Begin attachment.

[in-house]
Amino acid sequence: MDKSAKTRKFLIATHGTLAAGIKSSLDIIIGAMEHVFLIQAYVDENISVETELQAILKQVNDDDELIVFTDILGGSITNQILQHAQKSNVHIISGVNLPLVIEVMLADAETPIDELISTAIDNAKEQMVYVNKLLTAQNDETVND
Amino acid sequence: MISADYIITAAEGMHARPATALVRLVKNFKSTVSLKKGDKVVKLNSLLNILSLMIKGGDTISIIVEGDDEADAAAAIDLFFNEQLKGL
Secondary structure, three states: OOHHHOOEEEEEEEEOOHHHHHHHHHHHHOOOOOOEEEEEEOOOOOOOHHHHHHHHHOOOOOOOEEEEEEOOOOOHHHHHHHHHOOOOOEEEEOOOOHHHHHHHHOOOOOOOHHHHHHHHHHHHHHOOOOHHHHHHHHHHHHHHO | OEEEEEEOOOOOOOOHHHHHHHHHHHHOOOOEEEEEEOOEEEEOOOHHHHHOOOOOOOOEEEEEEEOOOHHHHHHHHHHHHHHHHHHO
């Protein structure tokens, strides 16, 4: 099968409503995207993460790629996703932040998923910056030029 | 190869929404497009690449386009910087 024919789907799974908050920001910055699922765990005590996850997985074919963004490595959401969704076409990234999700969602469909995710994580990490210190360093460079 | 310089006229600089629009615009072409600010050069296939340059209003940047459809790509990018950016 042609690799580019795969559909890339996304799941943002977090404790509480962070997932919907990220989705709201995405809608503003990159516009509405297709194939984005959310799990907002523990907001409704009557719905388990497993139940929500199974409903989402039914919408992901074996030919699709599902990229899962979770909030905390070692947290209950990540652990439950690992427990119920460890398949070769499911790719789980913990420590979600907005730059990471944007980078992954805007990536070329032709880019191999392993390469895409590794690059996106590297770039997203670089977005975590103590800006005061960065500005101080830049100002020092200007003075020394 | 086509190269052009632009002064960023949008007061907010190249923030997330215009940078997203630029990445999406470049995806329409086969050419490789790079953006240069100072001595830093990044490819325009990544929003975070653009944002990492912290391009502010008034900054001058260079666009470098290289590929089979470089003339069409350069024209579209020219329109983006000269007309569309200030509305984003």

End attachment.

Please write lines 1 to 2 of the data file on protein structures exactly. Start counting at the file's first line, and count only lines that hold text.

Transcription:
[in-house]
Amino acid sequence: MDKSAKTRKFLIATHGTLAAGIKSSLDIIIGAMEHVFLIQAYVDENISVETELQAILKQVNDDDELIVFTDILGGSITNQILQHAQKSNVHIISGVNLPLVIEVMLADAETPIDELISTAIDNAKEQMVYVNKLLTAQNDETVND